Academic journal article Canadian Journal of Public Health

Descriptive Epidemiology of a Depressive Syndrome in a Western Canadian Community Population

Academic journal article Canadian Journal of Public Health

Descriptive Epidemiology of a Depressive Syndrome in a Western Canadian Community Population

Article excerpt


Objective: To evaluate cross-sectional associations between depressive episodes and a set of potential biopsychosocial determinants in Calgary, Canada.

Methods: Random digit dialling (RDD) was used to select a sample consisting of 2,542 household residents in Calgary. These subjects were interviewed over the telephone using the Composite International Diagnostic Interview (CIDI) short form for major depression, and a questionnaire evaluating a variety of biopsychosocial variables.

Results: The prevalence of major depression was associated with biological (family history of major depression, alcohol consumption, street drug use), psychological (ratings of stress, recent life events) and social factors (social support, marital status, income, level of education).

Conclusion: This study confirms that major depression is correlated with a diverse set of potential determinants in community populations, and that the impact of these determinants may differ between different populations. Prospective studies will be needed to further investigate these associations.


Objectif: Evaluer les liens transversaux entre les acres depressifs et un ensemble de determinants bio-psycho-sociaux possibles a Calgary.

Methode : Nous avons selectionne par composition aleatoire un echantillon de 2 542 menages a Calgary. Les sujets ont ete interviews au telephone a l'aide de la forme abrtgee pour la depression majeure du Composite International Diagnostic Interview et d'un questionnaire evaluant une gamme de variables biopsycho-sociales.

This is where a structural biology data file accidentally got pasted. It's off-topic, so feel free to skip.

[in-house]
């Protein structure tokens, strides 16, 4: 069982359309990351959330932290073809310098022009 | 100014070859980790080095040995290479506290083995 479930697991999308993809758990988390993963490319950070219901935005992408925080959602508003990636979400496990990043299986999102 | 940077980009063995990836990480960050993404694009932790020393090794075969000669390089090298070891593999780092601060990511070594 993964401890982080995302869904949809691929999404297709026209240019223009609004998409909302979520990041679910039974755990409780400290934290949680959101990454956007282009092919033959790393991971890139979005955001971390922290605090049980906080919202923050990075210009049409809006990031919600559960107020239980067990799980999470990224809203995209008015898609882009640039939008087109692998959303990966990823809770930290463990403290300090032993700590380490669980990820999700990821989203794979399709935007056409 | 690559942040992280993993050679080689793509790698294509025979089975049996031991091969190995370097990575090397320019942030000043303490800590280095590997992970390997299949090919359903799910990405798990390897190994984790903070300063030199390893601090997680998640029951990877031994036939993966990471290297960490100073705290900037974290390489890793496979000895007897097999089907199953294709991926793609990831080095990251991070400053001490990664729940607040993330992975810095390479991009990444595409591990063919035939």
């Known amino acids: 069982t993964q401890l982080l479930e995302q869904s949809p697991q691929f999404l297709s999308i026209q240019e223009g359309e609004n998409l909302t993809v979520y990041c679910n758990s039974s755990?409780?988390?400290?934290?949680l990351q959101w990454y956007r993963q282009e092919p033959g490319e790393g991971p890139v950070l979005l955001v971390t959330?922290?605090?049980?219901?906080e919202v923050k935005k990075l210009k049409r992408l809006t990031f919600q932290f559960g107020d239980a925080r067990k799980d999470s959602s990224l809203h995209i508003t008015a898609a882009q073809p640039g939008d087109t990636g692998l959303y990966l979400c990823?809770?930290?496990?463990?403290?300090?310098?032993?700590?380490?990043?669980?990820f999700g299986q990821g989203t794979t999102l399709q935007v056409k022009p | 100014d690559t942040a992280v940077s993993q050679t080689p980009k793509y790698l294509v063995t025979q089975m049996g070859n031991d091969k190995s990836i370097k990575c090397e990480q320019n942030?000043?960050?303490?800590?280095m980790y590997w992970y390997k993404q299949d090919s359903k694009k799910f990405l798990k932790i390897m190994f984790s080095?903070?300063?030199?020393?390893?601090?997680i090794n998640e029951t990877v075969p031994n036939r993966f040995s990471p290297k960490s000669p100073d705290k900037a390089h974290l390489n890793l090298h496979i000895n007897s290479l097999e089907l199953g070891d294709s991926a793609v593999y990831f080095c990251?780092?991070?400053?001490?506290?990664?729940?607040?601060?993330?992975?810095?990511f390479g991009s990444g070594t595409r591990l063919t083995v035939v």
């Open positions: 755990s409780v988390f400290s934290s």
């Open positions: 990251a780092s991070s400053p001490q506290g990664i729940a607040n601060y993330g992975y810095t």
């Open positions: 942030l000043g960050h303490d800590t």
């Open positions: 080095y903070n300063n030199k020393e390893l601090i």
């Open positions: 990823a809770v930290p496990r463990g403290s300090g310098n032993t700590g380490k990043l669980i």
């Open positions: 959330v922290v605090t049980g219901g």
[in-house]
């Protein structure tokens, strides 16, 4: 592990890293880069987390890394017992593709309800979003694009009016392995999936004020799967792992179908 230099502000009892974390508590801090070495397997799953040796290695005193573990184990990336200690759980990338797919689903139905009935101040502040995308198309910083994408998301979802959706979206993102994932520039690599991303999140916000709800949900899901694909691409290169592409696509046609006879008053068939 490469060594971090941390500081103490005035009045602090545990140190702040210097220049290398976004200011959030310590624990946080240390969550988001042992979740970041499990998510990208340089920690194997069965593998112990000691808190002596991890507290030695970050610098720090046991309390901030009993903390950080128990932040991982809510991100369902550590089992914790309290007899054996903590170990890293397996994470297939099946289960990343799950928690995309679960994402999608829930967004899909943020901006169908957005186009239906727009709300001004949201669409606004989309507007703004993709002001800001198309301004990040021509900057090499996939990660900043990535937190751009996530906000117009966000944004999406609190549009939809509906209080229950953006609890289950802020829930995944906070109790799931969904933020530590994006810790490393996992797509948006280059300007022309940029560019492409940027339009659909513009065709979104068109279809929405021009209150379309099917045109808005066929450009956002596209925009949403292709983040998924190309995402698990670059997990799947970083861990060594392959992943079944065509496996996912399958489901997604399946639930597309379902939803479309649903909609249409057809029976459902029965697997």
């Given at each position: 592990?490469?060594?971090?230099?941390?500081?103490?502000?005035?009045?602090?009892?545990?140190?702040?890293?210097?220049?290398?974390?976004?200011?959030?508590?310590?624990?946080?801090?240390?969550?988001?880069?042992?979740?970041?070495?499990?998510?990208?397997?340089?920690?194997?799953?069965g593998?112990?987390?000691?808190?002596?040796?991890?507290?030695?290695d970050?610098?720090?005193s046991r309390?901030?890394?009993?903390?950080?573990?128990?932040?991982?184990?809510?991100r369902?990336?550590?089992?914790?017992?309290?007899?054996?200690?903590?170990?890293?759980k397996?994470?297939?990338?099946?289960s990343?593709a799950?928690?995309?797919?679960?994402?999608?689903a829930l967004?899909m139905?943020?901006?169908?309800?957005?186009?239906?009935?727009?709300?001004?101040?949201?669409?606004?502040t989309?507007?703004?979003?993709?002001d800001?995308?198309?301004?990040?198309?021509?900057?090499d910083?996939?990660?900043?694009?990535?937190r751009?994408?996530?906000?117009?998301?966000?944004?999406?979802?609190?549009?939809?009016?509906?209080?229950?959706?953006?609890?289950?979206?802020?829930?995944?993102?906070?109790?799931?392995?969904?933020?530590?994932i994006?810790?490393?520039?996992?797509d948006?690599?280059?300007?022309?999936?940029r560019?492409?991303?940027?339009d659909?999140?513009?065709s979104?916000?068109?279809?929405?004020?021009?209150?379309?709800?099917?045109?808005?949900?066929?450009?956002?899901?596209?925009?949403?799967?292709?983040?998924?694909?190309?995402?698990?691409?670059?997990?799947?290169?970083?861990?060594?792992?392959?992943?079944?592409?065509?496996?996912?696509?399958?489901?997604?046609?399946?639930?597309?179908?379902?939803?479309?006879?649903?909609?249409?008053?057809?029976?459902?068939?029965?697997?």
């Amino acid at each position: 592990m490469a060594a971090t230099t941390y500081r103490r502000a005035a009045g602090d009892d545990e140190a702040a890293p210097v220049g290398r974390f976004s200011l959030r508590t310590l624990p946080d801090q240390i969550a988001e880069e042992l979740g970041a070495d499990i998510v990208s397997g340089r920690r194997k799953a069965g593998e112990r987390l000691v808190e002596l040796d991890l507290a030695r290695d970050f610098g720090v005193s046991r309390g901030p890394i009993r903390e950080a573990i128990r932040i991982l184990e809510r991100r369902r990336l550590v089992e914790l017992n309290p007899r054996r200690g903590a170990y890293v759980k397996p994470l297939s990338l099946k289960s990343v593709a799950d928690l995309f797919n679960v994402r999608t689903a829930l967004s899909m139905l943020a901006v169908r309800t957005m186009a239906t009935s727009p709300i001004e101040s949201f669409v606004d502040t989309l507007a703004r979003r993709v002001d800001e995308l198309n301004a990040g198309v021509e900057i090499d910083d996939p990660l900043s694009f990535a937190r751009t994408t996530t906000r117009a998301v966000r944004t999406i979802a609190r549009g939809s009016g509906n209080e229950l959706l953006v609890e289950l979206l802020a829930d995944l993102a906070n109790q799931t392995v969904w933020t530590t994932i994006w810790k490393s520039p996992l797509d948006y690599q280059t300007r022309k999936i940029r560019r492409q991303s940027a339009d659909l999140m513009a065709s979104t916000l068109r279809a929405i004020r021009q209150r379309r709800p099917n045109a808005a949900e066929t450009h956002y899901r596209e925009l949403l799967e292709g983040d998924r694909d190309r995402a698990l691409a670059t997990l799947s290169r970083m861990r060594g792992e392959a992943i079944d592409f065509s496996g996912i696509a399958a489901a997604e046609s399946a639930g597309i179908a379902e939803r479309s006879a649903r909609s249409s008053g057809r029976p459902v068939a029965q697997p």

Resultats : La prevalence de la depression majeure etait associee a des facteurs biologiques (antecedents familiaux de depression majeure, consummation d'alcool ou de drogues illicites), psychologiques (perception du stress, recents evenements marquants) et sociaux (soutien social, etat matrimonial, revenu, scolarite).

Conclusion: L'etude confirme que la depression majeure est corree avec un ensemble diversifie de determinants dans les populations locales, et que les incidences de ces determinants peuvent warier d'une population at I'autre. Il faudrait mener des etudes prospectives pour elucider ces correlations.

An expanding literature has begun to explore the etiology of major depression from a biopsychosocial epidemiological perspective. For example, a series of studies by Kendler and others,1,2 based on a female twin sample, have confirmed the shared contribution of genetic and environmental factors to major depression etiology. Studies from an ECA survey reported an elevated incidence of major depression in relation to poverty,3 a finding consistent with more recent data from other sources.4,5 The National Comorbidity Survey (NCS) in the United States evaluated an expanded set of risk factors compared to earlier studies, but family history of depression as well as other potentially important risk factors were not evaluated.

The available literature suggests that major depression is associated with biological as well as psychosocial factors in community populations. The objective of this study was to describe cross-sectional correlations between major depression and a series of biological, psychological and social variables in a western Canadian community population.


Data collection took place between February 1, 1998 and July 1, 1999. The sample was selected by random digit dialling (RDD), using the MitofskyWaksberg method 7 with a modification described in a review by Potthoff.8 The modification involved random generation of a set of 10 phone numbers from each sampling "block," rather than repeating second stage calling until a pre-set number of interviews were completed. When a residential household was reached, one member of the household having had the most recent birthday was selected for an interview. The target population consisted of adults aged 18 years or older who were residents of telephone-containing households in Calgary. …

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